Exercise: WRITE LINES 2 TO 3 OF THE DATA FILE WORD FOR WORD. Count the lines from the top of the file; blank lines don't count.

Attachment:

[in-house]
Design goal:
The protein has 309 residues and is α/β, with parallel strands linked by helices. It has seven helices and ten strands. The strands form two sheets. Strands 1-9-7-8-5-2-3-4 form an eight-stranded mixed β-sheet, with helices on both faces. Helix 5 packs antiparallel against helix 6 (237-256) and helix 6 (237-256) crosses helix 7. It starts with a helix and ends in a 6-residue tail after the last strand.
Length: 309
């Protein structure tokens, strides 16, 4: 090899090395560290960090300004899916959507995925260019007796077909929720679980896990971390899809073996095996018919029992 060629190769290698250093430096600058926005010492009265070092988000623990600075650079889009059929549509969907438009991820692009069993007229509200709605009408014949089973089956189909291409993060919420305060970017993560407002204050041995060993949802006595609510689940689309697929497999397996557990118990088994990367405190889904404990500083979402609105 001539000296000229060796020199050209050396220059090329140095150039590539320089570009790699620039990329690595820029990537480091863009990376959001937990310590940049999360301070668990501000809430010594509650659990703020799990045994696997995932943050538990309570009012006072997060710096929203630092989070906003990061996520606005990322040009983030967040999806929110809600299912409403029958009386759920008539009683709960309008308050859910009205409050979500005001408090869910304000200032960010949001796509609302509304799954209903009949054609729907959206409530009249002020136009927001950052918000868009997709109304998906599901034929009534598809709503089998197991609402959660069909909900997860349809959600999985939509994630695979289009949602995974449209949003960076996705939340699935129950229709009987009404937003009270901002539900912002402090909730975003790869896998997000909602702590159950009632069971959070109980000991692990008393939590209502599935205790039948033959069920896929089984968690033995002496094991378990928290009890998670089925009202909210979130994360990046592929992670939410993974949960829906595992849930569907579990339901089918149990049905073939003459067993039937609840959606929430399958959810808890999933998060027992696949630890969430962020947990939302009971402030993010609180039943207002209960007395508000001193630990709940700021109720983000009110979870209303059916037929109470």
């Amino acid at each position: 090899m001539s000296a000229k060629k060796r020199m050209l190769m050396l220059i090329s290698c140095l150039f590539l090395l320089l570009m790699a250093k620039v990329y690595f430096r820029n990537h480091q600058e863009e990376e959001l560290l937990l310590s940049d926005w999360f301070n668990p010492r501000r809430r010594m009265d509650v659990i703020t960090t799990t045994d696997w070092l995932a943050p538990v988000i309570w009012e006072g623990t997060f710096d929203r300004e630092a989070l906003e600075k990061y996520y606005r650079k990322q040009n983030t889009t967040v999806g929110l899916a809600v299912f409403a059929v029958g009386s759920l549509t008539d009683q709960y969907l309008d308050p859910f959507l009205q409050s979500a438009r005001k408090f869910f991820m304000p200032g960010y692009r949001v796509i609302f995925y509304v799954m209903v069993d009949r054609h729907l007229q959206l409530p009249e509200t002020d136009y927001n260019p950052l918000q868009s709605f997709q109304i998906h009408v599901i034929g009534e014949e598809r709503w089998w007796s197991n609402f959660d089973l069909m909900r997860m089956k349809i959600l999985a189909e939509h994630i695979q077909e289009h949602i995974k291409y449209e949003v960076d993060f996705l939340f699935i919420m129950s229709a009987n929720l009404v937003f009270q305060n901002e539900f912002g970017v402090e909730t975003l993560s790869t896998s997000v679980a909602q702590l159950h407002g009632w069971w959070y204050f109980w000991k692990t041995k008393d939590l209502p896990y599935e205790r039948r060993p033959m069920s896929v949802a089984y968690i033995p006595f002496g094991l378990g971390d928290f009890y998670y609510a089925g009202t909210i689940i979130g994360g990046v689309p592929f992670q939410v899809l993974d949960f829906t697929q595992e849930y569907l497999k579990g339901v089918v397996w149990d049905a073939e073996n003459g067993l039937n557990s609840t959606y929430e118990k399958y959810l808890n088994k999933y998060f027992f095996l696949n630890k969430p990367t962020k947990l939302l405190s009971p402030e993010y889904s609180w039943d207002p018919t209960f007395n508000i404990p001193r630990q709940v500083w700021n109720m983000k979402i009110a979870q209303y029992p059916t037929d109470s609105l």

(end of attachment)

Design goal:
The protein has 309 residues and is α/β, with parallel strands linked by helices. It has seven helices and ten strands. The strands form two sheets. Strands 1-9-7-8-5-2-3-4 form an eight-stranded mixed β-sheet, with helices on both faces. Helix 5 packs antiparallel against helix 6 (237-256) and helix 6 (237-256) crosses helix 7. It starts with a helix and ends in a 6-residue tail after the last strand.